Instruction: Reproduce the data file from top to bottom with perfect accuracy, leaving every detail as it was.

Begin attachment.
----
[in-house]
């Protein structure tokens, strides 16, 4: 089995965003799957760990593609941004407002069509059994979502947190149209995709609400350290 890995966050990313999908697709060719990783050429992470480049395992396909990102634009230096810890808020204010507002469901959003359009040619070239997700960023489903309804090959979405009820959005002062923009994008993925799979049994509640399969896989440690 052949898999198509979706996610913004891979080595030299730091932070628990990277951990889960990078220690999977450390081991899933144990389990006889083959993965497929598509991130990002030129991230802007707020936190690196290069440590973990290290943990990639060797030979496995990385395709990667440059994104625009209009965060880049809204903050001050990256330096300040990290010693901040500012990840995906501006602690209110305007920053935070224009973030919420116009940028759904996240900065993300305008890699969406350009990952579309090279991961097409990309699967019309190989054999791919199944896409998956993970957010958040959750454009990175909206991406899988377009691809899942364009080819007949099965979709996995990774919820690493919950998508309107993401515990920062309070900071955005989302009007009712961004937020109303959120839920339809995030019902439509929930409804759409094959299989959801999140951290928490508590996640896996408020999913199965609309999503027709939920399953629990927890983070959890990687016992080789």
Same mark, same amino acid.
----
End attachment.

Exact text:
[in-house]
């Protein structure tokens, strides 16, 4: 089995965003799957760990593609941004407002069509059994979502947190149209995709609400350290 890995966050990313999908697709060719990783050429992470480049395992396909990102634009230096810890808020204010507002469901959003359009040619070239997700960023489903309804090959979405009820959005002062923009994008993925799979049994509640399969896989440690 052949898999198509979706996610913004891979080595030299730091932070628990990277951990889960990078220690999977450390081991899933144990389990006889083959993965497929598509991130990002030129991230802007707020936190690196290069440590973990290290943990990639060797030979496995990385395709990667440059994104625009209009965060880049809204903050001050990256330096300040990290010693901040500012990840995906501006602690209110305007920053935070224009973030919420116009940028759904996240900065993300305008890699969406350009990952579309090279991961097409990309699967019309190989054999791919199944896409998956993970957010958040959750454009990175909206991406899988377009691809899942364009080819007949099965979709996995990774919820690493919950998508309107993401515990920062309070900071955005989302009007009712961004937020109303959120839920339809995030019902439509929930409804759409094959299989959801999140951290928490508590996640896996408020999913199965609309999503027709939920399953629990927890983070959890990687016992080789």
Same mark, same amino acid.